While waiting for the new rudder-tube joint to fully harden, I cut an angled 3in hole in a 12in square piece of half-inch structural fiberglass plate that would serve to connect the top of the rudder tube to the cockpit sole. I didn’t quite get the hole-saw angle correct, and the plate lay flat on the cockpit sole with the tube protruding through, so I used a round file to widen the hole until I got a perfect fit.

When I got the new 1.5in stainless steel rudderstock back from the machinist, I test fitted it, along with a bronze bushing, to make sure the stock was perfectly centered in the rudder tube before laminating the top plate to the tube and cockpit sole. Fortunately, all my measurements were correct, and the resulting assembly looked great. However, when I stepped back and looked at it from the cabin, something seemed off, and taking out a tape measure I found the center of the tube was off almost an entire inch to port. I rechecked all my measurements and checked to make sure the rudderstock rotated in the tube properly—it did. The only possible explanation was that the keel was out of line with the cockpit’s centerline.

A quick search online revealed this is not uncommon, and that many other Alberg 35s have the same problem. The good news was that while there wasn’t anything I could do about it (it was probably an issue with the original mold) it wouldn’t affect the operation of the rudder and any effect on performance was probably negligible. Basically, I had to accept it and move on. (After a full season with many people on board, nobody has noticed the problem other than me.).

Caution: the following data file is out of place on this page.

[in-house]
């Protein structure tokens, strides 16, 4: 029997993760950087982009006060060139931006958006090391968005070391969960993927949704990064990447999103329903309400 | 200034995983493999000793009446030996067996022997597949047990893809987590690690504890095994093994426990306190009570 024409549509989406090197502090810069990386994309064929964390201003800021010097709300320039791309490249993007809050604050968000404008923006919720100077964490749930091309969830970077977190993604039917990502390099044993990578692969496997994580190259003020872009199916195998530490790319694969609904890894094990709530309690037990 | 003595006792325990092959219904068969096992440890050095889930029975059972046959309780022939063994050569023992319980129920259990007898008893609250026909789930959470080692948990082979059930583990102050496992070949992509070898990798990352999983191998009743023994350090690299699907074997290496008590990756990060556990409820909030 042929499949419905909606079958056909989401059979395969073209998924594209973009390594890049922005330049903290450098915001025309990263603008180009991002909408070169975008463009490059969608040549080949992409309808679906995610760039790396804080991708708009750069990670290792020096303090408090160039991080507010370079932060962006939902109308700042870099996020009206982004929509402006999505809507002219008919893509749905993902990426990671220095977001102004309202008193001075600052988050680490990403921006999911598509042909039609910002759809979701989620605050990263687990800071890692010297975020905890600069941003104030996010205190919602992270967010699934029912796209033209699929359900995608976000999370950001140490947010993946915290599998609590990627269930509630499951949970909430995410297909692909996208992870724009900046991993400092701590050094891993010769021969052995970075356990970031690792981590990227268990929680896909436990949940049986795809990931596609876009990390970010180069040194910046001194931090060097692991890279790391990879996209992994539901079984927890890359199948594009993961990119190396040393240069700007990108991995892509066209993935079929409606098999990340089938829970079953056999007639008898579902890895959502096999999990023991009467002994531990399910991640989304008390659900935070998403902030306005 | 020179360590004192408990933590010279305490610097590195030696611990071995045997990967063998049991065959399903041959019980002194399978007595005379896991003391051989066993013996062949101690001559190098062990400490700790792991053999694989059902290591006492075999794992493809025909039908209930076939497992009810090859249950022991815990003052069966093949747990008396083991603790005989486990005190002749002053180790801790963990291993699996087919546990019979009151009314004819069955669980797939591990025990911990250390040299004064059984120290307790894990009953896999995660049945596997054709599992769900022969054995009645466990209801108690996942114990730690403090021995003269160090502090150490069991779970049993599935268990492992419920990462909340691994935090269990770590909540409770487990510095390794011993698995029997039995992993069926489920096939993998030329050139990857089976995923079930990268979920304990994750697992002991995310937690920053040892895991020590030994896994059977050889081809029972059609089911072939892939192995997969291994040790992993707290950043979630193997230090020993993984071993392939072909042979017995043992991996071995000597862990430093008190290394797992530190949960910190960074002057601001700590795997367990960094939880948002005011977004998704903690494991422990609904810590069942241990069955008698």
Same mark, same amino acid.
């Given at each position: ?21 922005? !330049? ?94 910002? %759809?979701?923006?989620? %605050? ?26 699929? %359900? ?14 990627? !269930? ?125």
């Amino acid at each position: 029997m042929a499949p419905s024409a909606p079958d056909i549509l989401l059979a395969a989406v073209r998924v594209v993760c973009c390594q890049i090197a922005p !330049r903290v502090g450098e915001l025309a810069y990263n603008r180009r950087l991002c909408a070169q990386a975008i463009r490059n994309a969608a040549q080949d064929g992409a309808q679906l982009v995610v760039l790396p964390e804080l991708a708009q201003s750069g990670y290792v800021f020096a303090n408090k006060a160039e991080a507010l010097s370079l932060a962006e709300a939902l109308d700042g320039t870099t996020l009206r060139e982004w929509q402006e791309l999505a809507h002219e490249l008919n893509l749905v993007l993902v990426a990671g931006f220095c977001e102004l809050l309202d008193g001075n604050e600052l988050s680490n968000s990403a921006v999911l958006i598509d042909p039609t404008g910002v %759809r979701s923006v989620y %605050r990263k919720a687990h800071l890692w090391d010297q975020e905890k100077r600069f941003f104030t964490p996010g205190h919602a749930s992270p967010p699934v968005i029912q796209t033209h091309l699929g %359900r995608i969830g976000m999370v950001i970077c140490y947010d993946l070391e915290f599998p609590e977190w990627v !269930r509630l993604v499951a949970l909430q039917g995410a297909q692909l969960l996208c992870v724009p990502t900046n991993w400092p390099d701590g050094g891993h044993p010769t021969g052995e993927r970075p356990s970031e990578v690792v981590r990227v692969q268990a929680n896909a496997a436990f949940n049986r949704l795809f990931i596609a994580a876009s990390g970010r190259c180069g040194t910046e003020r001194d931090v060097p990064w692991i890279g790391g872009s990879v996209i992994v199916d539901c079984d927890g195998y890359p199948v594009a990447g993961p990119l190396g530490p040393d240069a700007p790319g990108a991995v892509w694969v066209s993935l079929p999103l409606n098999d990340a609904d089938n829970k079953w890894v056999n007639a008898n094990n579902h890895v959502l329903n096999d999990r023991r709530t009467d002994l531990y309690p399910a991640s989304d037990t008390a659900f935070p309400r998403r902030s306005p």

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To tie it all together, I mixed up a batch of epoxy thickened with Aerosil and spread it out over the area of the cockpit sole I had left open for this project, as well as the bottom of the fiberglass plate. I then carefully slid the fiberglass plate over the rudder tube protruding into the cockpit and laid it down into the thickened epoxy on the sole. After that I used strips of edge-grain balsa to fill in the gaps around the plate and surrounding fiberglass. Finally, I wet out a square of 1708 biaxial fabric with a star-shaped hole cut in the center and laid it down so it adhered to both the fiberglass plate and the new rudder tube. I weighed it all down with sand bags to let it cure.

From this point on the job was a matter of laying down three more layers of 1708 biaxial fabric along with several layers of 9oz tape to make sure the tube was properly bonded to the new cockpit sole. After a few rounds of fairing compound and sanding, I was ready for paint. The final detail before painting was to install a retaining pin and set screw for the bronze bushing to keep the bushing from sliding down or rotating in the tube.

After a season of use, I can say without hesitation the project was a success. I love the direct feel of the tiller, and more importantly, I don’t have to worry about the steering failing anymore. The new cockpit sole is much stiffer than it used to be, due in part to the rudder tube being structurally bonded to the deck. Of course, as with any major boat project, it took much longer than I expected, but no part of this undertaking was beyond any boatowner who is familiar with basic tools and isn’t afraid to get a little dirty.

Photos by Matt Bowser